3rd March. Looking at plants with ‘plant school eyes’

This was a new term I heard this week. You can look at a plant and notice it but I gather if you look with ‘plant school eyes’ there is so much more to learn – and enjoy! so here goes with my ‘plant school eyes’ open wide.

Lonicera elisae

Lonicera elisae

A great beauty has come into flower this week. Lonicera elisae is just opening to show delicate pale pinkish flowers. They are early, always a useful quality, and grow from the tips of the stems, accompanied by a ruffle of small unfurling pinkish leaves. The hairs on these leaves catch the dampness in the air and on a cold Friday foggy morning the whole sight was stunning and something to lift the spirits on a day which otherwise had nothing else to recommend it. It was too cold for any scent but many of these species are not scented and I will need to return to this plant when the air is warmer to check this out.The plant I saw was surrounded by a sprinkling of snowdrops, their flower heads bobbing in the wind in contrast with the sturdy honeysuckle flowers above – such an elegant combination.

Narcissus cyclamineus was just coming into flower in the Valley Gardens at Windsor this week. The outer ‘petals’ swing back hard so that they lie against the flower stem. They are still streaked with green now and although attractive at any stage this moment must be the best.

Narcissus cyclamineus

Narcissus cyclamineus

I was struck by the absence of Narcissus pseudonarcissus flowers in this garden. Perhaps it was just too early and I was full of too many expectations. There were plenty of other signs that spring is finally stiring but none of these beauties were in flower. At Myddelton House yesterday there were drifts of this species as you drive through the gates. I was told with authority that these plants have been flowering since before Christmas so something different must be happening in this famous E. A Bowles garden. But what?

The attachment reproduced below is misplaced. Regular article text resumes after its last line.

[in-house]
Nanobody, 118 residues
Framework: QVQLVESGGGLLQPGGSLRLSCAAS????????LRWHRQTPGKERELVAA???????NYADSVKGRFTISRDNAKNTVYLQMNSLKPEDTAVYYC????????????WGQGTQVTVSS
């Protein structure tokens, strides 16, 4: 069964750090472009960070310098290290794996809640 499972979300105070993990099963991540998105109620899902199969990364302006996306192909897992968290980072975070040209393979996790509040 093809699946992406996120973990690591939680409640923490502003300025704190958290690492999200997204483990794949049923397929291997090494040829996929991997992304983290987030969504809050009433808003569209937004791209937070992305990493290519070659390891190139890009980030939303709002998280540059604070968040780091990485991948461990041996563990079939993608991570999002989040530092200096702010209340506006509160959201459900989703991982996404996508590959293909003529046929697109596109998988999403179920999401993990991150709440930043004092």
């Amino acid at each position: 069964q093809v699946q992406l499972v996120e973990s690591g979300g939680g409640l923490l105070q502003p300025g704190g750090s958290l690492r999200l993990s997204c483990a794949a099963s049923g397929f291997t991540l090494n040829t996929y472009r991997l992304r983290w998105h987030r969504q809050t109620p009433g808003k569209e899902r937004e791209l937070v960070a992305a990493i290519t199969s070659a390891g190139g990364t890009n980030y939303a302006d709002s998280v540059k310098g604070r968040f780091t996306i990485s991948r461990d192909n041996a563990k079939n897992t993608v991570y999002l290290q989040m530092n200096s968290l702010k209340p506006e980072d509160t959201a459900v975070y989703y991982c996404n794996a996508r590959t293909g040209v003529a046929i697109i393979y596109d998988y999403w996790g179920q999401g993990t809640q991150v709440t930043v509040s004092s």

When you are stuck in a traffic jam it is fun to look at the tree line and speculate on the outlines of trees planted many years ago. If the road is elevated so much the better. Waiting for traffic to move on Friday my attention was caught by a particularly statuesque tree almost hidden behind other less memorable species. I found myself eventually in the gardens of Capel Manor on the trail of this giant. Perhaps I had strayed into parts that I should not have been near but I eventually found the tree I had seen from the road earlier, a majestic Zelcova carpinifolia of enormous proportions and truly beautiful. I am sure all students from the college will know this wonderful tree and for others it is a must- see sight.

23rd February

We are back in winter at the end of this week. A biting wind has swept through the South of England and those plants that had pushed for growth in the relatively warm temperatures a few days ago are now looking as if they are regretting it.